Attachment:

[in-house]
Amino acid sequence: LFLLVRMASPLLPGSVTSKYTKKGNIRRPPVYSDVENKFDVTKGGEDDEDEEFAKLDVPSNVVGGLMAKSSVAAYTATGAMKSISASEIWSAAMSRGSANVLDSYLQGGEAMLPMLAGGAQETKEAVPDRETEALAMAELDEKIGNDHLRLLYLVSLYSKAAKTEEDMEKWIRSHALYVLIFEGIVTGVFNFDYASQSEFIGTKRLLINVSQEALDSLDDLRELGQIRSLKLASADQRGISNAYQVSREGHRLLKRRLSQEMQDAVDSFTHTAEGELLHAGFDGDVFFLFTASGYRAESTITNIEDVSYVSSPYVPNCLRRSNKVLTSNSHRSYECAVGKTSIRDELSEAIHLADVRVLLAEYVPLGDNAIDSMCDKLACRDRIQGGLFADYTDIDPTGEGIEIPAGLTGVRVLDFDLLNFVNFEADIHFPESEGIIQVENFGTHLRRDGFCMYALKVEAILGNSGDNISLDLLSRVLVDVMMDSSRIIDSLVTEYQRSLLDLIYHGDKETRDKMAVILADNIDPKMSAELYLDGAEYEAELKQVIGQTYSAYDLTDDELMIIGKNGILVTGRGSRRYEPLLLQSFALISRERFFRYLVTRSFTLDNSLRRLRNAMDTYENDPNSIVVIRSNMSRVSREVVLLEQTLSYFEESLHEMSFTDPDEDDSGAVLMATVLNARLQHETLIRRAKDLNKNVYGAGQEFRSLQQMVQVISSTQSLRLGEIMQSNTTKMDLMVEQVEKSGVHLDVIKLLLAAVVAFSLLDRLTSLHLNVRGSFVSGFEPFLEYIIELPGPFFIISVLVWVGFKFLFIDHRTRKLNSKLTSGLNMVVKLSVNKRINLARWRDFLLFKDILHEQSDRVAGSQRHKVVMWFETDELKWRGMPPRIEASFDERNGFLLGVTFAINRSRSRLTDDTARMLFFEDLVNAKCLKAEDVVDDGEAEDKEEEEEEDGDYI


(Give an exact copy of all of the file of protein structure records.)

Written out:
[in-house]
Amino acid sequence: LFLLVRMASPLLPGSVTSKYTKKGNIRRPPVYSDVENKFDVTKGGEDDEDEEFAKLDVPSNVVGGLMAKSSVAAYTATGAMKSISASEIWSAAMSRGSANVLDSYLQGGEAMLPMLAGGAQETKEAVPDRETEALAMAELDEKIGNDHLRLLYLVSLYSKAAKTEEDMEKWIRSHALYVLIFEGIVTGVFNFDYASQSEFIGTKRLLINVSQEALDSLDDLRELGQIRSLKLASADQRGISNAYQVSREGHRLLKRRLSQEMQDAVDSFTHTAEGELLHAGFDGDVFFLFTASGYRAESTITNIEDVSYVSSPYVPNCLRRSNKVLTSNSHRSYECAVGKTSIRDELSEAIHLADVRVLLAEYVPLGDNAIDSMCDKLACRDRIQGGLFADYTDIDPTGEGIEIPAGLTGVRVLDFDLLNFVNFEADIHFPESEGIIQVENFGTHLRRDGFCMYALKVEAILGNSGDNISLDLLSRVLVDVMMDSSRIIDSLVTEYQRSLLDLIYHGDKETRDKMAVILADNIDPKMSAELYLDGAEYEAELKQVIGQTYSAYDLTDDELMIIGKNGILVTGRGSRRYEPLLLQSFALISRERFFRYLVTRSFTLDNSLRRLRNAMDTYENDPNSIVVIRSNMSRVSREVVLLEQTLSYFEESLHEMSFTDPDEDDSGAVLMATVLNARLQHETLIRRAKDLNKNVYGAGQEFRSLQQMVQVISSTQSLRLGEIMQSNTTKMDLMVEQVEKSGVHLDVIKLLLAAVVAFSLLDRLTSLHLNVRGSFVSGFEPFLEYIIELPGPFFIISVLVWVGFKFLFIDHRTRKLNSKLTSGLNMVVKLSVNKRINLARWRDFLLFKDILHEQSDRVAGSQRHKVVMWFETDELKWRGMPPRIEASFDERNGFLLGVTFAINRSRSRLTDDTARMLFFEDLVNAKCLKAEDVVDDGEAEDKEEEEEEDGDYI